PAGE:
Empty hotel conversion plans set for green light
PUBLISHED: 10:39 07 October 2020 | UPDATED: 10:39 07 October 2020
A historic hotel that has stood empty for more than a decade looks set for a new lease of life.
The prominent former Royal Court Hotel in Lowestoft looks set to be redeveloped and extended to provide a café and 16 residential flats as the scheme is voted on next week.
Revised plans to transform The Royal Court Hotel on London Road South, which has been closed since 2009, will be discussed at a meeting of East Suffolk Council’s Planning Committee North next Tuesday, October 13.
It comes after a scheme was lodged with East Suffolk Council in March to redevelop the site with 29 flats and a café.
But after neighbours and Historic England raised concerns, amended plans were lodged with the council following officer feedback.
The prominent former hotel was originally opened in 1988 and ran as a 22-bedroom hotel until July 2009.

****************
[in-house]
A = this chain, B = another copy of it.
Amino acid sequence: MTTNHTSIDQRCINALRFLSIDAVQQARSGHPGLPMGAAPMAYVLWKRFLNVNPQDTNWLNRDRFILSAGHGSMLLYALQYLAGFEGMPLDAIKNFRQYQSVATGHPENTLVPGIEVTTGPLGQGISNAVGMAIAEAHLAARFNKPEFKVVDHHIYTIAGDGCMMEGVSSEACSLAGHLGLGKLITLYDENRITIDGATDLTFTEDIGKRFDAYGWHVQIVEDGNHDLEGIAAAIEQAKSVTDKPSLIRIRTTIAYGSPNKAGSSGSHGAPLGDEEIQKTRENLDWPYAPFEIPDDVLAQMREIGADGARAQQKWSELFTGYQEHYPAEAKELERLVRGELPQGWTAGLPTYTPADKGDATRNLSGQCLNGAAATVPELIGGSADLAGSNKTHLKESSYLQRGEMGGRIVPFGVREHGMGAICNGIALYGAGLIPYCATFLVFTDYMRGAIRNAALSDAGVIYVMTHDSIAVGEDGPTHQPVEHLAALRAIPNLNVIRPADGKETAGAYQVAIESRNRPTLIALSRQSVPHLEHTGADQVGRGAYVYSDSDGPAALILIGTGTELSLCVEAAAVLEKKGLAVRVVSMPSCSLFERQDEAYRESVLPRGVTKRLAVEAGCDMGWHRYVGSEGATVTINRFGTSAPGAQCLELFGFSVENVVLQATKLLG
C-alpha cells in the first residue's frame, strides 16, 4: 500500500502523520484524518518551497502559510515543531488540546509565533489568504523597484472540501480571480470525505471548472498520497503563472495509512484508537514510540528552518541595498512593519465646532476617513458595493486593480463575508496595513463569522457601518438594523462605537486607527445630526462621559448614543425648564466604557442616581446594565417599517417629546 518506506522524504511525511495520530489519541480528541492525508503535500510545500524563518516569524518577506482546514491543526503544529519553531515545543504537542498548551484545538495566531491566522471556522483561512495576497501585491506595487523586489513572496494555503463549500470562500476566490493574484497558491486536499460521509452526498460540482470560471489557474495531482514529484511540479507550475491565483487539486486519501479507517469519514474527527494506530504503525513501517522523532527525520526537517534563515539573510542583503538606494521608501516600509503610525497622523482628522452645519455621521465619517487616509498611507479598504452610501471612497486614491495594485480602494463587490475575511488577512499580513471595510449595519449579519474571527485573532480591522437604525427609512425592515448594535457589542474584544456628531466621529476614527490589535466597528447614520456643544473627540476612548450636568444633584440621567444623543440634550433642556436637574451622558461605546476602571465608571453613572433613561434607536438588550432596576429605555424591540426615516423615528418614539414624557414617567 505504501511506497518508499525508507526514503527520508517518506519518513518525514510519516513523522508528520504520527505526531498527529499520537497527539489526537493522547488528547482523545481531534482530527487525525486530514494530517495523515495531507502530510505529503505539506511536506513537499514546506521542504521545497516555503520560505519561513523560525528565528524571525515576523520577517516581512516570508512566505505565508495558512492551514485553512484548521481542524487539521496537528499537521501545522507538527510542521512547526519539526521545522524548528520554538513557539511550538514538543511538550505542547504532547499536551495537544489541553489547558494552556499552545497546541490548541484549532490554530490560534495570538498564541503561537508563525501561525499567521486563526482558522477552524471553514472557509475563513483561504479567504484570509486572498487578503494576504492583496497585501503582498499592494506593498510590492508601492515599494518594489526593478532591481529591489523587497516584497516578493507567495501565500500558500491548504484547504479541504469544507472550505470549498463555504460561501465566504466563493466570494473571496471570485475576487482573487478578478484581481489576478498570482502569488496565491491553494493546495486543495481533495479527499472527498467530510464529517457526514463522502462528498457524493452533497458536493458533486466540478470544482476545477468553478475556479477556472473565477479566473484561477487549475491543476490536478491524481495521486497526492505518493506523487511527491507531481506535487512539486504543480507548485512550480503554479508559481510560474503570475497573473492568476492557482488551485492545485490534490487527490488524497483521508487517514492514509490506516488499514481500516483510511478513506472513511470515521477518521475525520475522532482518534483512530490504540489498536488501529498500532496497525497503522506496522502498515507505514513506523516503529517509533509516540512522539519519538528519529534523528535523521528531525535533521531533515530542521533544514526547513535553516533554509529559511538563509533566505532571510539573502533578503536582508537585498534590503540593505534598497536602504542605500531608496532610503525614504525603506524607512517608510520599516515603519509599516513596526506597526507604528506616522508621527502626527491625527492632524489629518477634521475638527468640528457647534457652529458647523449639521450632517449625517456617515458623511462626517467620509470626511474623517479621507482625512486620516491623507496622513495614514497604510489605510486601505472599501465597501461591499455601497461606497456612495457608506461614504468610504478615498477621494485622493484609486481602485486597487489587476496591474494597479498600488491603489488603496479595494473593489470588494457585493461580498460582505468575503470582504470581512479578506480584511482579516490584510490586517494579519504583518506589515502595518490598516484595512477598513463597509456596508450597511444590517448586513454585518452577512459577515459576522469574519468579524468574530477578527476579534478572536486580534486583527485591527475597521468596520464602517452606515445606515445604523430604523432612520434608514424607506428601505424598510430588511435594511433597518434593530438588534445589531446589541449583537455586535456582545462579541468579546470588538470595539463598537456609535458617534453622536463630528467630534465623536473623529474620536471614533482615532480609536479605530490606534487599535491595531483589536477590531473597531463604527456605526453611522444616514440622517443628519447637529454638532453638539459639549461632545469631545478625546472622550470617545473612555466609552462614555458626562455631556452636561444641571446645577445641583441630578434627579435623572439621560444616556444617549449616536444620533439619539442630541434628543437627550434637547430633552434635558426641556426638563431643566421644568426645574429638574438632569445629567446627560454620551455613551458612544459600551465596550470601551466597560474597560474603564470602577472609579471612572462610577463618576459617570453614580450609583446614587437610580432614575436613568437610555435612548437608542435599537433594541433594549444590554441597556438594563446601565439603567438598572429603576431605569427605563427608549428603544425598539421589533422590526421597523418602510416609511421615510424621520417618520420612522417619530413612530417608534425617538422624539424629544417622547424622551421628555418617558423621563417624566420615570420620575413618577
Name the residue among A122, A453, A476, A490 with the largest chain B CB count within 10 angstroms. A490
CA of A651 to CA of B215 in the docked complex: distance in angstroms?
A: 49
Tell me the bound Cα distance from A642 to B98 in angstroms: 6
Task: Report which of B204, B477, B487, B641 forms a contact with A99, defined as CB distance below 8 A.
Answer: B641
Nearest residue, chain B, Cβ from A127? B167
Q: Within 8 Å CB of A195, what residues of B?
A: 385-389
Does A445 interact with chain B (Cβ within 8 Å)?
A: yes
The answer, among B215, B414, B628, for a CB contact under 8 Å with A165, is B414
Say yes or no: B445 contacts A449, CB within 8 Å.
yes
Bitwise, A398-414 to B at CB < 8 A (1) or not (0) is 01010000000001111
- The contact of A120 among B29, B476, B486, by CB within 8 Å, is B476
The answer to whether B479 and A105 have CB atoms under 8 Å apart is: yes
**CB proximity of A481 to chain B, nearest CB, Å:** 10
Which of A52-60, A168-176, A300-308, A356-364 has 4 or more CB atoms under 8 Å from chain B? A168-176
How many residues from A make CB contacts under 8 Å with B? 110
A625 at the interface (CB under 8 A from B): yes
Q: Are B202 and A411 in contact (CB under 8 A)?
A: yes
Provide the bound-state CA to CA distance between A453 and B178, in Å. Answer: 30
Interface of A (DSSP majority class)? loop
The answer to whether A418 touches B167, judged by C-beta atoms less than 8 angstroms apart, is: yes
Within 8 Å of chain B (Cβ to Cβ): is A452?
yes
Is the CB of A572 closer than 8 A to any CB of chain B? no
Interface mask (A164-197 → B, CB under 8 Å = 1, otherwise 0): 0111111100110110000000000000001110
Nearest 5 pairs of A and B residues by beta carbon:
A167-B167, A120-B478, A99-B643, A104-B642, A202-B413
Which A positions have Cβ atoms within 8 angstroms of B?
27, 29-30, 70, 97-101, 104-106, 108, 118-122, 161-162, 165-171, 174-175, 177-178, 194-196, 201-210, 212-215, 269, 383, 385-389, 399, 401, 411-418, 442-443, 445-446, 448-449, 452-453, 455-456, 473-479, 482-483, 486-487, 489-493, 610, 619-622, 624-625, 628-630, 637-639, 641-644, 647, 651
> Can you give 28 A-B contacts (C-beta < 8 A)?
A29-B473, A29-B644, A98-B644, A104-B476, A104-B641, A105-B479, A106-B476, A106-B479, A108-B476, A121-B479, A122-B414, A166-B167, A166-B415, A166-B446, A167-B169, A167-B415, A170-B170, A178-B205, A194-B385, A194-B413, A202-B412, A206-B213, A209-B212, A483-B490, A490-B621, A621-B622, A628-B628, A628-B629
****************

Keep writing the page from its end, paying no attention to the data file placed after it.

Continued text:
Since then, the building has been used as temporary accommodation for homeless people as well as an industrial space.
It was empty for more than 10 years until Lowestoft Court Apartments Ltd bought it in October 2019.
Councillors will be told planning officers recommend approval of the application.
It centres around the “redevelopment and extension of the former Royal Court Hotel to provide a café at ground level and 16 residential flats” at the site in south Lowestoft.
The planning report to be discussed by councillors states: “The scheme has been significantly amended and reduced in response to officer feedback.
“The revised scheme for 16 flats and a café is now supported by Lowestoft Town Council, and all previous objections from statutory consultees have been positively resolved.
“The Royal Court Hotel has sat vacant for many years in a highly prominent location.
“The proposed development would see the building brought back into a viable use.
“The regeneration of a key site in such a prominent location will be a significant public benefit for the town.”
With the recommendation for “authority to approve, subject to no new material planning issues being raised,” it concludes: “Officers consider that the proposed development accords with the Development Plan and represents a sustainable form of development delivering significant public benefits.”
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